The UN's Global Compact on Refugees, adopted late last year, floats the possibility of trade arrangements that incentivize local businesses to hire refugee labor. A trade deal between the EU and Turkey that grants access to European markets for agricultural goods produced in Turkey with a threshold level of Syrian labor could prove beneficial for both parties — and for millions of displaced Syrians.
Stories by Jessica Brandt
The Syrian displacement crisis is about to get worse
In Idlib, Syria's last opposition-held province, millions are bracing for what could be a catastrophic government assault. UN Special Envoy for Syria Staffan de Mistura called the looming offensive a “perfect storm” that threatens the wellbeing of large numbers of already vulnerable civilians. Secretary of State Mike Pompeo echoed that concern, remarking that many “will suffer from this aggression,” while President Trump cautioned that “hundreds of thousands of people could be killed.”
Why it matters: The warnings are justified. An estimated 3 million civilians reside in the province, many of whom have already been displaced from other parts of Syria by seven years of violence and surrender deals with the government. According to Mistura, more than 2 million people in Idlib are already in need of humanitarian assistance, and the brunt of the expected assault has yet to begin.
The assault could be brutal. Russian officials have claimed knowledge of a plan by “militants” to stage a false chemical weapons attack in Idlib, with the goal of framing Assad’s forces. But Secretary of Defense Mattis has said there is “zero intelligence” to support that claim: It is Assad’s government that has a record of using chemical weapons against civilians, and Mattis noted that the Pentagon is “very alert” to the grisly possibility that it could do so again. “There is lots of evidence that chemical weapons are being prepared,” said the new U.S. adviser for Syria on Thursday.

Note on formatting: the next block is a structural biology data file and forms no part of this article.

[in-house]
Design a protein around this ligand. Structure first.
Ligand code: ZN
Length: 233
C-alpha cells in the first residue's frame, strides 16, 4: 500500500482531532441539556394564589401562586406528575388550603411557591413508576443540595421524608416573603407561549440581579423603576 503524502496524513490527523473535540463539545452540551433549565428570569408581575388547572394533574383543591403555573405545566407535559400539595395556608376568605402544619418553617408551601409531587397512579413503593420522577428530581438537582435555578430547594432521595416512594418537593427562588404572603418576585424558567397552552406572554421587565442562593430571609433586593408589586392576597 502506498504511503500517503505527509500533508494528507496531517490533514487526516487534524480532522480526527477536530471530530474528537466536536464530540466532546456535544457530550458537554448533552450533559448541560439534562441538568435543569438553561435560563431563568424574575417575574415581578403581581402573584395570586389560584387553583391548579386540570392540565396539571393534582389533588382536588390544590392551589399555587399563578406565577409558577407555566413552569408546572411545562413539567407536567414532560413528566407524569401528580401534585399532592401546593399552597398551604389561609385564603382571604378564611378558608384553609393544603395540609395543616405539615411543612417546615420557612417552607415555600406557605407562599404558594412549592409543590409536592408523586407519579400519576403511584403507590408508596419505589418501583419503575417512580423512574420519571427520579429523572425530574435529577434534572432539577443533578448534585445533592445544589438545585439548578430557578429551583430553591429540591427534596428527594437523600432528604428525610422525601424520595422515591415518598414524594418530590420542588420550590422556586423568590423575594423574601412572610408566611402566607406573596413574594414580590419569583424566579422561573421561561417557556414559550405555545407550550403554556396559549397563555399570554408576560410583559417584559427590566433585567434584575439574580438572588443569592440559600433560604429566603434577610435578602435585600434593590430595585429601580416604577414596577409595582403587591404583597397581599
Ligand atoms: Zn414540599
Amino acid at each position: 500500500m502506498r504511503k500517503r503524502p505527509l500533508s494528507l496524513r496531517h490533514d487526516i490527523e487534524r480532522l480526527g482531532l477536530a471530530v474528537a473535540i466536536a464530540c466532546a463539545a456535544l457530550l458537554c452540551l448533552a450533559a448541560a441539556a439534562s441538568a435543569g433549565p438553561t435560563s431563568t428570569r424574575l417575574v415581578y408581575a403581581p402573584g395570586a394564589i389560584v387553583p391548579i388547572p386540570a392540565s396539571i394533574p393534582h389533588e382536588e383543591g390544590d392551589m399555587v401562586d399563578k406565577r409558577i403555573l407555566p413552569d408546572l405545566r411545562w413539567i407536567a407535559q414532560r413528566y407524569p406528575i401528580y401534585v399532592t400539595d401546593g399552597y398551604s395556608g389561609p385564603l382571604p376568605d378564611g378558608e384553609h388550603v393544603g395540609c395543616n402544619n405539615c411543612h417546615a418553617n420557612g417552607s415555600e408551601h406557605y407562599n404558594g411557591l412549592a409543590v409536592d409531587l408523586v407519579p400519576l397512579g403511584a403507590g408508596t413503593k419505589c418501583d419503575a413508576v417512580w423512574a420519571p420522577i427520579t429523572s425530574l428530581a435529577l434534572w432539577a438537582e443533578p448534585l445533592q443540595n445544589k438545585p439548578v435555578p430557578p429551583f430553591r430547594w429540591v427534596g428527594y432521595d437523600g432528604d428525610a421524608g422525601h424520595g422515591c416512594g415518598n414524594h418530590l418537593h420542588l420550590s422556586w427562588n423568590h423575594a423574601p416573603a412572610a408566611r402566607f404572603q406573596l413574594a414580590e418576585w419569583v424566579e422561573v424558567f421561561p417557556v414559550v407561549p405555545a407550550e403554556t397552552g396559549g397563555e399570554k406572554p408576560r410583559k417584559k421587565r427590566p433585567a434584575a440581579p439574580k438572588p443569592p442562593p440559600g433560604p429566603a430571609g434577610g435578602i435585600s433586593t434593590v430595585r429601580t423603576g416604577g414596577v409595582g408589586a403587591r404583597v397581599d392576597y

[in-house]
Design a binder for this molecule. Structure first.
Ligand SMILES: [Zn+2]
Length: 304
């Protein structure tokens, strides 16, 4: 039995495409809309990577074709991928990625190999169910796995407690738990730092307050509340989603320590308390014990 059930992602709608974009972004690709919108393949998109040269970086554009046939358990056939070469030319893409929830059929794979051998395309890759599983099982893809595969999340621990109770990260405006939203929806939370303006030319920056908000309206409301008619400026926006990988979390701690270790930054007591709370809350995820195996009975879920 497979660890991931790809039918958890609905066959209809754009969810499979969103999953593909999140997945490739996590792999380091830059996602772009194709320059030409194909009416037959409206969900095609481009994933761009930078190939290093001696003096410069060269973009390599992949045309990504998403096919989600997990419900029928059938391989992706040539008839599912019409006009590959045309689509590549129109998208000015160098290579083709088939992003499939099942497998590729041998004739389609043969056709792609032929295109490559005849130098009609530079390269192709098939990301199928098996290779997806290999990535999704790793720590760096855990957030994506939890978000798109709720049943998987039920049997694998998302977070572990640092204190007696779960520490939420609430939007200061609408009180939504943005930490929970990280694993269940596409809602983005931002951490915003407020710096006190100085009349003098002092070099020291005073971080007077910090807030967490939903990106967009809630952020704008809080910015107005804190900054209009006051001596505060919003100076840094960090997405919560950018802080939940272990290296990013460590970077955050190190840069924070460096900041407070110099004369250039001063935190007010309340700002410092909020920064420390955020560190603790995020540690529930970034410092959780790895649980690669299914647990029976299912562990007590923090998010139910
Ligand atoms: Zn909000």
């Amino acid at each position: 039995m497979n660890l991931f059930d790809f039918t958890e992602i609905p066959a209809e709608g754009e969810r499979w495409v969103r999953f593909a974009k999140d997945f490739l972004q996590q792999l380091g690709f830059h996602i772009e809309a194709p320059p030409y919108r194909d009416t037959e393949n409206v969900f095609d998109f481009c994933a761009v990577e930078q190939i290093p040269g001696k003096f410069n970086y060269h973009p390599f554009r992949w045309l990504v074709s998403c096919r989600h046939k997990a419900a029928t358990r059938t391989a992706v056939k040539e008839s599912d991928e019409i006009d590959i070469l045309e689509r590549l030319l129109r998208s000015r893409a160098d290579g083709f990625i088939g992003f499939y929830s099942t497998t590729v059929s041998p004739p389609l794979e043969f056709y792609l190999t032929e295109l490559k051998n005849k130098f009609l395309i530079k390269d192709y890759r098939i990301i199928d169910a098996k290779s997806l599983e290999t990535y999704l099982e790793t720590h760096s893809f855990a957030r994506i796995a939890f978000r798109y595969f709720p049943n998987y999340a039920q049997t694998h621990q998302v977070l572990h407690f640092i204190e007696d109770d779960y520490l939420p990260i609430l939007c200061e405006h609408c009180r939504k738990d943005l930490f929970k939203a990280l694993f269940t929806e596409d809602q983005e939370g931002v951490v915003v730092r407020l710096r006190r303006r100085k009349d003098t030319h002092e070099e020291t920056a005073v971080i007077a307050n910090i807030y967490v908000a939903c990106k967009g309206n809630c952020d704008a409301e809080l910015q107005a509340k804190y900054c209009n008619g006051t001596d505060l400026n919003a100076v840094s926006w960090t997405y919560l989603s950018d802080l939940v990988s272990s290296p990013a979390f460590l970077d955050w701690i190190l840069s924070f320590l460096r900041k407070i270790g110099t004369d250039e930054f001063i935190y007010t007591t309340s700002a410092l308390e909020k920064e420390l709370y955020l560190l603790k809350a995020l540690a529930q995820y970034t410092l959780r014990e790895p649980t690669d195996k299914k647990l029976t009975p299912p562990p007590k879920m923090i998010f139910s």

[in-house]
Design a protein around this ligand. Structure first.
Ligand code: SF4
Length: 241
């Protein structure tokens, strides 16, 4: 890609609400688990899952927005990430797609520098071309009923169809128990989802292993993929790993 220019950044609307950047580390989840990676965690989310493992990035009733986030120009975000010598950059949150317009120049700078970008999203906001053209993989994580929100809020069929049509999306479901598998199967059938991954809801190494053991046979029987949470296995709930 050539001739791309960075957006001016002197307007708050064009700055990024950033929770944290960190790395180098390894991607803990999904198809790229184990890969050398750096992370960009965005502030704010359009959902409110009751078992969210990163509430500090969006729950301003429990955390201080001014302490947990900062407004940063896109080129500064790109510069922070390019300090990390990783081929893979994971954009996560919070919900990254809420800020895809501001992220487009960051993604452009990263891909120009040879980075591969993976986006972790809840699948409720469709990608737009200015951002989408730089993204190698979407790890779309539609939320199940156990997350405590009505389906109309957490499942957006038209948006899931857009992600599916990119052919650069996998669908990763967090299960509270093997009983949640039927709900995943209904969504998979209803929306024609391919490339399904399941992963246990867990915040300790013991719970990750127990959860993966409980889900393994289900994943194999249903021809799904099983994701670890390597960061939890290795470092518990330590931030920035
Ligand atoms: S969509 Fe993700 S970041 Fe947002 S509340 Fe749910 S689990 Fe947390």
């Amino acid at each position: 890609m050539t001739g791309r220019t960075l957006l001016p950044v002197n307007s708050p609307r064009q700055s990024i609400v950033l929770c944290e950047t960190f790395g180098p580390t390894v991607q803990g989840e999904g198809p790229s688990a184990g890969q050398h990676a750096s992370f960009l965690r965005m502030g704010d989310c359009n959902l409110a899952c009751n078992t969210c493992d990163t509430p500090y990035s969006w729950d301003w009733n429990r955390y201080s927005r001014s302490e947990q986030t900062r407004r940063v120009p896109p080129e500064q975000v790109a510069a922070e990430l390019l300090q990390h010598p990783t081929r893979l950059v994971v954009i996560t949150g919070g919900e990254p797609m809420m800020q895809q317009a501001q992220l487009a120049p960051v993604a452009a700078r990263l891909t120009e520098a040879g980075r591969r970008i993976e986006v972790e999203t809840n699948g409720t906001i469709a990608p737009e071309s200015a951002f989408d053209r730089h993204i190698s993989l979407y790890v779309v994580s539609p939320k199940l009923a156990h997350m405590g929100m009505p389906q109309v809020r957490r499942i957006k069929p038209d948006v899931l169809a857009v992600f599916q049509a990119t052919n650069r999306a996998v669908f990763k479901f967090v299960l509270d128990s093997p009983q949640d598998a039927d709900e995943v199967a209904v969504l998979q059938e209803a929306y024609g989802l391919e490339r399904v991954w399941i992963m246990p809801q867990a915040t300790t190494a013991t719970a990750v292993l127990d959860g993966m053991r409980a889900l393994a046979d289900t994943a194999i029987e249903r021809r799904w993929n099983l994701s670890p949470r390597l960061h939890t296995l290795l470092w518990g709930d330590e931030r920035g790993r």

If violence intensifies, hundreds of thousands could try to flee across the border into Turkey. That country already hosts more than 3.5 million Syrian refugees, the world’s largest share. Particularly against the backdrop of a deepening economic crisis, a spate of new arrivals would likely exacerbate inter-communal tensions, which have been on the rise. Turkish President Erdogan has pledged “to facilitate the return home of all our guests,” referring to Syrians already in Turkey. Not least in light of the coming assault, those returns hardly seem safe. As more Syrians arrive, those calls could escalate.
The bottom line: For more than seven years, displaced Syrians have endured a wrenching plight. It seems likely to get worse.
Jessica Brandt is a fellow in the foreign policy program at the Brookings Institution.
Turkey's economic woes could spell trouble for Syrian refugees
Turkey is facing its worst economic crisis in decades, raising fears about its impact on the more than 3.5 million Syrians who now reside there, having fled seven years of violence at home.
The big picture: These woes could result in a decrease in discretionary spending on social service programs that benefit refugees. It could, for example, slow efforts to get Syrians into primary school and vocational training programs. That said, the crisis may not make as substantial a difference in practice to these endeavors as some fear.
First, spending on programs that benefit non-citizens was already politically unpopular. Especially at the local level, Turkish government efforts on behalf of refugees have often been quiet, and can continue to be. Second, at least some of the funding for these efforts comes from the EU–Turkey deal, which is not affected by the downturn. More broadly, as the Turkish lira weakens, Euros are likely to go further than before.
That doesn’t mean there isn’t cause for concern. Competition in the informal labor market will likely become tougher. Growth is expected to slow significantly at a time when unemployment figures were already rising. That could increase vulnerability to exploitative work conditions. It could also result in an uptick in child labor, indirectly resulting in a decline in school enrollments and attendance.
What to watch: Meanwhile, if Assad launches a full-scale assault in Syria’s northwest province of Idlib, the country’s last remaining opposition stronghold, more than 2 million Syrians could try to flee to Turkey. Especially against the backdrop of economic crisis, that could further exacerbate intercommunal tensions already on the rise.
Jessica Brandt is a fellow in the foreign policy program at the Brookings Institution. Kemal Kirişci is a senior fellow and director of the Turkey Project at the Brookings Institution.